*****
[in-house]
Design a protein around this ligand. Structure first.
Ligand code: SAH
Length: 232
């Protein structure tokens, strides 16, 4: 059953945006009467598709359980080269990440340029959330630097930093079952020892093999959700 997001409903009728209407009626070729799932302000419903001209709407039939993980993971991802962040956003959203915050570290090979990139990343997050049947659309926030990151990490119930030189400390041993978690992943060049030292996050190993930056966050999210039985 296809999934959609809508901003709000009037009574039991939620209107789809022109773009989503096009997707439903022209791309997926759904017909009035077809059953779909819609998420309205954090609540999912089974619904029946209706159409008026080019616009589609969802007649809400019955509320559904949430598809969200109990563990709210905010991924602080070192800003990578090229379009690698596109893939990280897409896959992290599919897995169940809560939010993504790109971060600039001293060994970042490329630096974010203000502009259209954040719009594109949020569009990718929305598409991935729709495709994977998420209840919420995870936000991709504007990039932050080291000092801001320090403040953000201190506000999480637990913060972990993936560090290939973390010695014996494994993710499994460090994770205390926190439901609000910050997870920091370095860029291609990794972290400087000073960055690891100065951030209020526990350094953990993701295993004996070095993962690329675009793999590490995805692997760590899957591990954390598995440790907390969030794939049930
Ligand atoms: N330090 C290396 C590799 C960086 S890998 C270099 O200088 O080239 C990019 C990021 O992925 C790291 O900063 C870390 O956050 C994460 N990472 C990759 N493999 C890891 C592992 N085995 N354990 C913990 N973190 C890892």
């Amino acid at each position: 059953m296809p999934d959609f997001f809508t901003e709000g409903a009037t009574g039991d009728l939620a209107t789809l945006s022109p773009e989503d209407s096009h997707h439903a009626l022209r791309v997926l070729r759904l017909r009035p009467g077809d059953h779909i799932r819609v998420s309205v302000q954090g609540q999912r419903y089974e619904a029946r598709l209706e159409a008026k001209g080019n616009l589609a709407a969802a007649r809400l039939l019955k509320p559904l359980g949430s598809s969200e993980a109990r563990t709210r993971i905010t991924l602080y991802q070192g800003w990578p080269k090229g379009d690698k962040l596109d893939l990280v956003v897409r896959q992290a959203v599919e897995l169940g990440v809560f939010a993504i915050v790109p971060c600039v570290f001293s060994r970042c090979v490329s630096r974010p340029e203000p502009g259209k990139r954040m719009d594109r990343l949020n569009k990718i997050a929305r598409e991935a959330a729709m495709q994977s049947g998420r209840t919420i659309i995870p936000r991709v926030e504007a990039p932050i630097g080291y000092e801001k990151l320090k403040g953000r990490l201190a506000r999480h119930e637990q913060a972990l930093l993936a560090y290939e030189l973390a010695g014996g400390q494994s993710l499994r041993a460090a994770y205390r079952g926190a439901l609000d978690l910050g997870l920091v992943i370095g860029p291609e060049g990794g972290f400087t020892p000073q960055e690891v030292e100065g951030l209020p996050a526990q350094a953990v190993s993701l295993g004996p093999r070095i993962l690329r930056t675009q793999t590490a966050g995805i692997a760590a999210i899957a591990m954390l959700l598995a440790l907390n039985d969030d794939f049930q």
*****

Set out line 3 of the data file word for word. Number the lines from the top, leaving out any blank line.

Ligand code: SAH